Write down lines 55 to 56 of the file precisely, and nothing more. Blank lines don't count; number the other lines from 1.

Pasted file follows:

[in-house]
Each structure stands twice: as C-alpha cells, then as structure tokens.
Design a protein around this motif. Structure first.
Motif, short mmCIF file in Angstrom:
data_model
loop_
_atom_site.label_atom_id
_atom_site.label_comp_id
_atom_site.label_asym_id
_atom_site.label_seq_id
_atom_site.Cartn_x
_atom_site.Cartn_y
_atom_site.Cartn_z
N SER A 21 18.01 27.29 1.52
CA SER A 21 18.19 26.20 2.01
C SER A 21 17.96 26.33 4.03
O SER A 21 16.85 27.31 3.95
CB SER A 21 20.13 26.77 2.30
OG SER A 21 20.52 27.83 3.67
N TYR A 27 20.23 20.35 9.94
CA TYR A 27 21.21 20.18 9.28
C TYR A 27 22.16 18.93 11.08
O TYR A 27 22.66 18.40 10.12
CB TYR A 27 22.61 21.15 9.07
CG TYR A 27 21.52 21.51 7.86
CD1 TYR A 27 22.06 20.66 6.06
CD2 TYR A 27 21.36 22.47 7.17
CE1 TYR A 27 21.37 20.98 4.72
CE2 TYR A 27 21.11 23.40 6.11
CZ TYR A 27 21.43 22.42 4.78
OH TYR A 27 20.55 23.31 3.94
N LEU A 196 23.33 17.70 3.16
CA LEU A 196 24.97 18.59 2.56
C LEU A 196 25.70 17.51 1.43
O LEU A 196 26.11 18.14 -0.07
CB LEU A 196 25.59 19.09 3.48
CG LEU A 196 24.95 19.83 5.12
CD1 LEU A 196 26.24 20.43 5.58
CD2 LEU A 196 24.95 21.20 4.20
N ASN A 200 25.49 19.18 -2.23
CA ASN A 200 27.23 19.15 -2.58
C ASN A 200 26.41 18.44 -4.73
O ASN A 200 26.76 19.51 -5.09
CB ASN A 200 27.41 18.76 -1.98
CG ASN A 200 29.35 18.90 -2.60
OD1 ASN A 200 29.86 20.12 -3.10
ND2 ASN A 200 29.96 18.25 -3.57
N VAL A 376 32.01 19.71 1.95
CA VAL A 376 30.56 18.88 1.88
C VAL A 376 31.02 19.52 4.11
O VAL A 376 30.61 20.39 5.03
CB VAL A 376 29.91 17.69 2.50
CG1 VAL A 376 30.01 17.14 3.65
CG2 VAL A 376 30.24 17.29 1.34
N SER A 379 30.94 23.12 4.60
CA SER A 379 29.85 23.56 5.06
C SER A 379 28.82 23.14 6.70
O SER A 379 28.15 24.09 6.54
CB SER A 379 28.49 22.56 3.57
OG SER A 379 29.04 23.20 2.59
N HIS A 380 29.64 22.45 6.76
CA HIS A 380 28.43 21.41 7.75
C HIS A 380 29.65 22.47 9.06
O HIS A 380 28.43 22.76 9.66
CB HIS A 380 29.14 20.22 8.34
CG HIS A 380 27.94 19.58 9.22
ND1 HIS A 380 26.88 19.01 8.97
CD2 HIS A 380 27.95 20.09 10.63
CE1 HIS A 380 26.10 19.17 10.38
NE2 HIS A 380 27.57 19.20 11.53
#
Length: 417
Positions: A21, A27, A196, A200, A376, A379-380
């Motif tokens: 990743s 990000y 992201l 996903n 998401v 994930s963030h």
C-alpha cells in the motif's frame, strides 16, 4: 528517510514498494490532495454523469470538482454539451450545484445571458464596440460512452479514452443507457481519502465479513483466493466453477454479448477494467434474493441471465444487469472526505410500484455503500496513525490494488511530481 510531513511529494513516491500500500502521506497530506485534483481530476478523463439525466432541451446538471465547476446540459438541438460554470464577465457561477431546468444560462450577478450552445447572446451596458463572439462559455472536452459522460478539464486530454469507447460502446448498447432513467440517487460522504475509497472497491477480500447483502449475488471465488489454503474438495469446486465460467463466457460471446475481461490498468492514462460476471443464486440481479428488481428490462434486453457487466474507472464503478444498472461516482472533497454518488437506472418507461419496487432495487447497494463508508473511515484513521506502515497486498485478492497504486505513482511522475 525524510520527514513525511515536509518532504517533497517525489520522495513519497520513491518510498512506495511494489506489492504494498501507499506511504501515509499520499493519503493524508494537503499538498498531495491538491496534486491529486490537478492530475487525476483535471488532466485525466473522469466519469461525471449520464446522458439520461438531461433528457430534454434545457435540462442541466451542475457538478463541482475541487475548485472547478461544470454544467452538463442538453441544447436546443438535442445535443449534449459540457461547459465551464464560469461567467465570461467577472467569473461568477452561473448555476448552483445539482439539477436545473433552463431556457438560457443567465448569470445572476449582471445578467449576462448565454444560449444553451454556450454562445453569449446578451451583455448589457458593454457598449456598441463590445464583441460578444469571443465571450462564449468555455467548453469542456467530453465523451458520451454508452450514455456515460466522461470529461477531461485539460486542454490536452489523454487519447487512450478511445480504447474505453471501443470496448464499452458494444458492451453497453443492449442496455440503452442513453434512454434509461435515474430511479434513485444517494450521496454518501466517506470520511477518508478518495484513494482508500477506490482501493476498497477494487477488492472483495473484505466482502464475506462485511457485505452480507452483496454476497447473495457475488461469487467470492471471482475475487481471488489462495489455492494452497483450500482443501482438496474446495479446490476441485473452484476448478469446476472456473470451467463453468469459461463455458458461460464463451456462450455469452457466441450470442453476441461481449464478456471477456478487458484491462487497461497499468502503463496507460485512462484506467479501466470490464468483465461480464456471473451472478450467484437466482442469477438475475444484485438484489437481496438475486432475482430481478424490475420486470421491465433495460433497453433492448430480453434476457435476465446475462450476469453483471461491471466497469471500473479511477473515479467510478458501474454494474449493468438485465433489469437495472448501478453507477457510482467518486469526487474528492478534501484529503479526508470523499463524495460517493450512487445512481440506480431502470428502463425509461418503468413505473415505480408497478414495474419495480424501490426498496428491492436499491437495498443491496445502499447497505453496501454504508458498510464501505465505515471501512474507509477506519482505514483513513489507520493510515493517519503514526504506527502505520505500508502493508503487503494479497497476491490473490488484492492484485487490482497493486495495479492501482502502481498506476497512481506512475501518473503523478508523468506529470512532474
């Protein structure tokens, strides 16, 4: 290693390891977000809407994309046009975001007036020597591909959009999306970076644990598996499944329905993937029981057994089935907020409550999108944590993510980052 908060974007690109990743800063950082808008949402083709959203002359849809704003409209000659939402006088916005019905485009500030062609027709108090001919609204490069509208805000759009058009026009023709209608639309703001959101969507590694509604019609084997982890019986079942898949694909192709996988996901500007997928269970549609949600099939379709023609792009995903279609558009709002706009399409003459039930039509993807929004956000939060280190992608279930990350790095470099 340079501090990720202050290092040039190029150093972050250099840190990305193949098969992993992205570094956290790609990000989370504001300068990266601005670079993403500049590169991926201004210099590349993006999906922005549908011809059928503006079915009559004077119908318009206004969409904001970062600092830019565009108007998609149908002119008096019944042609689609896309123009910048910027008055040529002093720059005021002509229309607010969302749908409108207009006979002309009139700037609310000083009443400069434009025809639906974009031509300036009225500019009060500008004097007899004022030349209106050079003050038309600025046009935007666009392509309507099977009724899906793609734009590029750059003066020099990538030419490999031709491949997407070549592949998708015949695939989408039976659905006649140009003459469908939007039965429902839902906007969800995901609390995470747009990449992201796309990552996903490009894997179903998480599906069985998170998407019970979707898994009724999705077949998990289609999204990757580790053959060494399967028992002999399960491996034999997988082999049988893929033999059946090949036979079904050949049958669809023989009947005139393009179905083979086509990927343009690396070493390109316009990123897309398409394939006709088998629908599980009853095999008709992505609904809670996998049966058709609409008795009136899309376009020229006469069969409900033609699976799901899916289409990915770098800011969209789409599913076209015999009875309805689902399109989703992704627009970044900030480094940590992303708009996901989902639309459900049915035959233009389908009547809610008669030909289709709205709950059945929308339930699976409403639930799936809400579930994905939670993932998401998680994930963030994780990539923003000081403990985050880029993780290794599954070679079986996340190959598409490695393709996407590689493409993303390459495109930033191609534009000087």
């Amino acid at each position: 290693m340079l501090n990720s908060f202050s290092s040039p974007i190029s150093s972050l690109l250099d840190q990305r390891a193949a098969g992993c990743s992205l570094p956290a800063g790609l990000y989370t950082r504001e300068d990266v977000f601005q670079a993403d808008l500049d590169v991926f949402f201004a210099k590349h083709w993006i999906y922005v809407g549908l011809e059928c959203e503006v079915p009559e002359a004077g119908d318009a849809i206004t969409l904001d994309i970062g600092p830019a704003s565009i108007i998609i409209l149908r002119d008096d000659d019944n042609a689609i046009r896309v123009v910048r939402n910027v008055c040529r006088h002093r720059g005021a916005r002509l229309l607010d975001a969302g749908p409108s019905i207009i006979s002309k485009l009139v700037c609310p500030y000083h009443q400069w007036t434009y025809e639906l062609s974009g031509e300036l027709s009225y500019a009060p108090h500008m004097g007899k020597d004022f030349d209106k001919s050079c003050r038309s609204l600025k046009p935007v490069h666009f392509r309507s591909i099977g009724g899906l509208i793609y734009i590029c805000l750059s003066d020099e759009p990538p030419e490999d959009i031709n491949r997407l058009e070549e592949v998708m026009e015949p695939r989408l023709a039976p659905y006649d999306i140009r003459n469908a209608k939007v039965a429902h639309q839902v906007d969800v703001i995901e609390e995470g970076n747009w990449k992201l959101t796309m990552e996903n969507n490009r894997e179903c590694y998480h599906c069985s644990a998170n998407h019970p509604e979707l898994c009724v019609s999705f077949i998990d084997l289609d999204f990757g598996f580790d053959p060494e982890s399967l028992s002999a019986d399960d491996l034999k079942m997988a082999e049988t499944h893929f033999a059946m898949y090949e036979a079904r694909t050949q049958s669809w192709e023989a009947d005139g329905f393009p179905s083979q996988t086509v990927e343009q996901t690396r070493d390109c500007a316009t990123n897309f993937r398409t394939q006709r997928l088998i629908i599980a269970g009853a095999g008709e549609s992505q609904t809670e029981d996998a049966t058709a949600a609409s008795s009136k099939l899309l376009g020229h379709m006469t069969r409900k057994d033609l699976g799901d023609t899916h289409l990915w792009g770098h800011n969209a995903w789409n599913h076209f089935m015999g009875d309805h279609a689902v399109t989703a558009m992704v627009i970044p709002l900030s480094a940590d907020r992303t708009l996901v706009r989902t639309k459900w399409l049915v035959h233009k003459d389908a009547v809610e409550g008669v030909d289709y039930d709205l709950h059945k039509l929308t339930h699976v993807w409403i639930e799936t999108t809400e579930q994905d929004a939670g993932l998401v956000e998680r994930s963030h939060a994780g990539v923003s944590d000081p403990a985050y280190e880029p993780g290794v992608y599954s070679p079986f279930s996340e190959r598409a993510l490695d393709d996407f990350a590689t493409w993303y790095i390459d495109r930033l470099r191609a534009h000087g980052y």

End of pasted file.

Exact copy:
N SER A 379 30.94 23.12 4.60
CA SER A 379 29.85 23.56 5.06